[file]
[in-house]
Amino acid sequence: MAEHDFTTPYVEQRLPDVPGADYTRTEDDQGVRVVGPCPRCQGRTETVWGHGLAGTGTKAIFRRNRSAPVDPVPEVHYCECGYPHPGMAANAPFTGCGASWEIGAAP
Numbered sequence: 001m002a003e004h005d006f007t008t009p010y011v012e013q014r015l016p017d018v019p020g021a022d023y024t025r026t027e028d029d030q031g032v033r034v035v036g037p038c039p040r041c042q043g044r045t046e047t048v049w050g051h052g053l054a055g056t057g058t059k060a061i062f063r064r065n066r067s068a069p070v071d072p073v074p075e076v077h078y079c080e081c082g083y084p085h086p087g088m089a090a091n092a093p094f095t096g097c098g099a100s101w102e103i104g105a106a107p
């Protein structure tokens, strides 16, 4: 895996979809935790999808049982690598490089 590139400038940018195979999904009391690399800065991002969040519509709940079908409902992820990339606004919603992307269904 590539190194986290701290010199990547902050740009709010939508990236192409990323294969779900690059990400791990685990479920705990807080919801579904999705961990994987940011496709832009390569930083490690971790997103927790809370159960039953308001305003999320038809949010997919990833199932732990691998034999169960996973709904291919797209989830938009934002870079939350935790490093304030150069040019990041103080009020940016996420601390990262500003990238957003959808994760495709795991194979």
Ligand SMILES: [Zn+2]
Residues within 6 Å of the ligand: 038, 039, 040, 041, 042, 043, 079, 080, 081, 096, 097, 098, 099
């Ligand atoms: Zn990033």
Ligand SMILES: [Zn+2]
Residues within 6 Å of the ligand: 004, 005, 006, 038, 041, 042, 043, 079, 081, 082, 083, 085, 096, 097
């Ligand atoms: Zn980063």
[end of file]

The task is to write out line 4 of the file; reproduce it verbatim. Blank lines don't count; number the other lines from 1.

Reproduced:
């Protein structure tokens, strides 16, 4: 895996979809935790999808049982690598490089 590139400038940018195979999904009391690399800065991002969040519509709940079908409902992820990339606004919603992307269904 590539190194986290701290010199990547902050740009709010939508990236192409990323294969779900690059990400791990685990479920705990807080919801579904999705961990994987940011496709832009390569930083490690971790997103927790809370159960039953308001305003999320038809949010997919990833199932732990691998034999169960996973709904291919797209989830938009934002870079939350935790490093304030150069040019990041103080009020940016996420601390990262500003990238957003959808994760495709795991194979």